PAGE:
Members of the brainy team that John Marshall High School sent to Los Angeles' fifth annual Academic Decathlon have been getting the star treatment on campus ever since it was announced over the school's intercom Friday--to wild cheers and applause--that the team won first place.
"Every class I went into, I got a standing ovation," Greg Mitchell, a senior at the Los Feliz-Silver Lake high school, said of his not-so-typical day at school Friday. Teammate and fellow senior Fred Upton got the same treatment, plus "high five" hand slaps in the hallways and congratulations "all over the place," he happily recalled.
The team's coach, English teacher Mary Sortino, received her share of glory, too, when she walked into the faculty dining room and her colleagues broke into applause. "Everybody was so excited," she said.
Better Than Football Victory
Marshall High Principal Don Hahn said everybody at the school has been "flying high" because of the team's victory over 52 other high schools in the Los Angeles Unified School District at the citywide scholastic contest earlier this month. "It's much more exciting to me than winning a football championship. It's more meaningful," he said.
Besides the spontaneous congratulations, the team was honored this week at a special gathering of the faculty. A reception is planned for Wednesday, and representatives of the mayor's office, Councilman Michael Woo, school board members and other school district officials are expected to attend.
The team, however, won't have time to rest on its laurels. Its six members, along with an alternate, are preparing for the state championship contest Jan. 3 at Rancho Santiago College in Santa Ana. There, 44 schools are expected to compete for the chance to go on to national competition.
The decathlon consists of team members spending a day taking written tests in six subjects. They also give two speeches each, one prepared and the other extemporaneous, and are interviewed about themselves and their activities. They also must write an essay and participate as a team in a "super quiz," in which members answer questions in turn. The last event, whose subject this year was U.S. immigration, is public.
Teams represent a range of grade averages. They also must reflect the racial and sexual ratios at their schools.
Points are tallied and announced about a week after the daylong competition.
Beverly Hills High School won the state contest the past two years and placed second nationally, both times behind Richardson High School in Texas. This week, Beverly Hills began its climb again, winning the countywide contest for schools outside the Los Angeles Unified School District.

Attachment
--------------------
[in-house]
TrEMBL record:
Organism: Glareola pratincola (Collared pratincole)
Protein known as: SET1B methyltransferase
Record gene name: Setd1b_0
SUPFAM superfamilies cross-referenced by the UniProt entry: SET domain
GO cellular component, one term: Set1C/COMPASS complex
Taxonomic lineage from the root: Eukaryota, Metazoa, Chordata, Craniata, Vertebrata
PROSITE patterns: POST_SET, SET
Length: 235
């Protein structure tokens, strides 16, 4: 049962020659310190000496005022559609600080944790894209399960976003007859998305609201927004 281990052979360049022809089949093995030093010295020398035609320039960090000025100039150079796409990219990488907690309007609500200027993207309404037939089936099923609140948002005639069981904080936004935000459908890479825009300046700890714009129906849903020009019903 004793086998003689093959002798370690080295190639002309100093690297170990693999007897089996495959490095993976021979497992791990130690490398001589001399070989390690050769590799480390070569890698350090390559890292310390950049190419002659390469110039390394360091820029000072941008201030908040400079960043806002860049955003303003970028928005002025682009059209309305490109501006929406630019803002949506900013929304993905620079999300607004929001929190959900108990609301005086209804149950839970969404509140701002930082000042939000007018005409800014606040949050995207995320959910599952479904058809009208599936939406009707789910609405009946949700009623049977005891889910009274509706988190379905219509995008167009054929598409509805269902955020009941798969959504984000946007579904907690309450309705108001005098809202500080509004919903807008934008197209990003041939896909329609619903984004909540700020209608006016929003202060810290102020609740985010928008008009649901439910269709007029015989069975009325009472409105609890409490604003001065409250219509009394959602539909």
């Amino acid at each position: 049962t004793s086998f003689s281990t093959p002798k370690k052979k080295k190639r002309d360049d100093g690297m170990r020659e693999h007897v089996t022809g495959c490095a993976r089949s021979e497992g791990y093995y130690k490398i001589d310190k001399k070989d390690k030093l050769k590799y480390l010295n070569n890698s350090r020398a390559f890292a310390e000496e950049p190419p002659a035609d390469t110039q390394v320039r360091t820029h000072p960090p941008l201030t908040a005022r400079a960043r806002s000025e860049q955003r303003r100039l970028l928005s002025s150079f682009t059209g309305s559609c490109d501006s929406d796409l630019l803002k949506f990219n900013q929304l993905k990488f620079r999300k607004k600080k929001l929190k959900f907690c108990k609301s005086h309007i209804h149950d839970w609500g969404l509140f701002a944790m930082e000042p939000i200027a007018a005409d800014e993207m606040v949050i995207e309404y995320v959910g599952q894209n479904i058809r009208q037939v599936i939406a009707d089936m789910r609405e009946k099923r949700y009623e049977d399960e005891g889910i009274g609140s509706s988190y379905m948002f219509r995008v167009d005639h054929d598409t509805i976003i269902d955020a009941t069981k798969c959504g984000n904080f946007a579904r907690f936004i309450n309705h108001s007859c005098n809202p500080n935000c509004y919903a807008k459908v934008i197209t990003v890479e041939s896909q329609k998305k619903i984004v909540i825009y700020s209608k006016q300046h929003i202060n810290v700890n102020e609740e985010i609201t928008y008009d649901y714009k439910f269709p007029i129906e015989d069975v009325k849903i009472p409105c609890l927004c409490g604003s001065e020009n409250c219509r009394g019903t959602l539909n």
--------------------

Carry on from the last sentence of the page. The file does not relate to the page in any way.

La Canada Flintridge High School placed fourth in the county competition.
As in the local contests, the teams in the state and national tournaments will be made up of two A students, two B students and two C students. Team members are chosen on the basis of test scores, such as the Scholastic Aptitude Test, and teacher recommendations. All of Marshall's competitors are seniors and include four who have gone as far as the semifinals in the selection for the prestigious National Merit Scholarship.
For Marshall High, the victory in the Academic Decathlon is especially sweet. The school's best showing in previous contests was last year, when it came in eighth. The best it had done before that was 12th, said Sortino, who has been team coach for two years.
Marshall scores consistently high in SAT and Advanced Placement tests and already enjoys a good reputation for its academic program. But it hadn't been touted as one of the teams most likely to unseat Palisades High School in Pacific Palisades, the citywide gold medalist in all four other years since the contest began.
The Marshall team figured that it could make the top 10 again but that it had only an outside shot of climbing into the top five, "if we were lucky," said team member Eun Joo Whang.
That prediction was way off the mark. Besides putting in a gold-medal performance in the overall competition, the team racked up four first-place finishes, in fine arts, language and literature, math, and science. It scored second in the economics and speech-making competitions.
"We broke the monopoly," said Fred, who ranked third among all 318 contestants. He also won five individual medals in the B division: a gold for highest overall score, two more golds in math and science and two bronze medals in economics and essay writing.
Although all team members are given the same tests, prizes are also awarded to individuals in each of the three grade categories.
"I knew I'd do well in math and science," Fred said. "I had no idea about economics and the essay, and I never dreamed I'd win overall."